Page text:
What with the explosion of virtual reality, augmented reality and all kinds of new wearable technology, the past decade or so has changed the face of music as we know it.

Ever since the days of Limewire (RIP), the music industry has changed and upgraded at an almost breakneck speed.

In fact, overall music’s influence will increase even more in 2020. It will impact our everyday lives, from microwave ovens playing a tune when your meal is ready, to being bombarded via ear-buds connected to iPhones and iPads blaring the latest podcast, social influencer or the over 6000 slot games all with their own unique soundtrack.

So, what exciting new developments can we expect to see in 2020? Here’s just a few of our predictions.

The Return of the Golden Oldies

With such a rich backlog and musical history to delve into, we think we’ll be seeing a lot more of those golden oldies hits from the past (read: 1950s-2000s) coming back. After all, hits are still hits (and for good reason), regardless of when they were released. For the younger generations, there’s never been a better time to get acquainted with music from other decades.

Virtual Reality will Shake Musical Reality

VR and AR (augmented reality) has already made waves in the music industry. Just cast your mind back to when 2Pac magically rose from the grave (via hologram) to perform a duet with Dr. Dre, Eminem et al back at Coachella 2012.

In the next year or so, this technology will only become more present, and stronger: as the costs to produce these immersive experiences become cheaper, you could even expect to attend a concert or festival without even being there in person. The possibilities are endless...and exciting.

Wearable Tech will Move Us in New Ways

Ever heard (or imagined the possibility) of a musical tattoo? How about a shirt with in-built music samples? As the lines between coding, engineering and art become even more blurry, coders, engineers and artists have been building wearable tech that goes beyond anything that you could ever have imagined possible. We really believe that 2020 will be the year that “music” becomes even more of a looser term, that goes beyond any definition we’d ever previously experienced - just look at how streaming has changed the face of the industry for evidence of this.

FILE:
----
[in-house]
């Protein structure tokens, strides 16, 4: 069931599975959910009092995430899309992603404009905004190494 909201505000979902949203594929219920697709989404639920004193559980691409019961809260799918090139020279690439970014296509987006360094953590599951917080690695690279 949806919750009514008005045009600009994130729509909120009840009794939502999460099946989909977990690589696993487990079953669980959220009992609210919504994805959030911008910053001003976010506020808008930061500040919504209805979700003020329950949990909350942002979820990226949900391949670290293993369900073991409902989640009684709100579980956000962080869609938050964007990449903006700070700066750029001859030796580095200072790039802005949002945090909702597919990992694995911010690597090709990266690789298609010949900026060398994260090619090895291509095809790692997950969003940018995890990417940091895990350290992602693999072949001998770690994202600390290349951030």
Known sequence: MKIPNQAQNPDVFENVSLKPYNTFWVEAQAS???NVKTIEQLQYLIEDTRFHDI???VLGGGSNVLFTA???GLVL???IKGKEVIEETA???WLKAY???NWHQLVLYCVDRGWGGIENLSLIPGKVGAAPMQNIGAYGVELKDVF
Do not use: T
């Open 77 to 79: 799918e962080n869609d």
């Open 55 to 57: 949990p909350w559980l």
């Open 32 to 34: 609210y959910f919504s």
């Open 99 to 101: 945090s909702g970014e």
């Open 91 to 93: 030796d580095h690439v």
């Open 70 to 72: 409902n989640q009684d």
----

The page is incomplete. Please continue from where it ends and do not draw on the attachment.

AI will Rewrite the Musical Landscape - Maybe

Artificial Intelligence (AI) has already made waves, and it's only a matter of time before the music industry is dominated by it too.

AI programs can and will easily be configured in all areas of music production - from the composition of the piece, including the scores and audio stems, to the lyrics themselves. But, songwriters don't need to fear for their jobs just yet - as AI lyrics and general writing still have some way to go before they’re a real threat. As of the end of 2018, the technology still wasn’t quite there, while Seinfeld fans will fondly recall the terrible but hilarious AI-generated script.

Surprise Album Drops Will Become Less Surprising

Remember back in 2013 when Beyonce shocked the world by dropping a surprise album? Then, she pulled the same trick earlier this year with “Homecoming”? It would certainly seem that this is her standard way of releasing music from now on.

And what Beyonce does, the world will surely follow. After all, surprise album drops are nothing new: but given the completely eradicated costs of prior marketing and promotion, this approach is pretty clever. 2020 is almost sure to bring more surprising album drops from your favorite artists.

Everyone can be a Content Creator

Just as anyone with a smartphone can become a content creator (see: YouTube), this approach will be taken one step further in the music industry. Thanks to better, more innovative technology - when it comes to video editing, uploading time and even creating new sounds and styles (not to mention, AI-generated lyrics - see above), everyone can and will be some form of musical content creator.

No More Global Superstars

As the face of the industry is changing, so too is the way audiences interact: popular, global artists no longer need the backing of a huge record label, with millions of upfront investment. Thanks to wider access to the internet, smartphones, content streaming and social media, there are newer, brighter stars emerging- and who are popular solely for their talent, not their image. They are gaining traction and a fanbase thanks to ever easier ways to share music, and across more platforms - but be warned, this will likely lead to market saturation...and the likes of the next huge global superstar - a la Beyonce, Lady Gaga etc - are unlikely to emerge any time soon as a result.

Ultimately, 2020 is just 6 months away, while some of these new technologies will take a while to emerge, or if they’re already available, to be proven effective (such as AI).

One thing is for certain though - the future of the music industry will be very exciting, and very, very different from what we see now.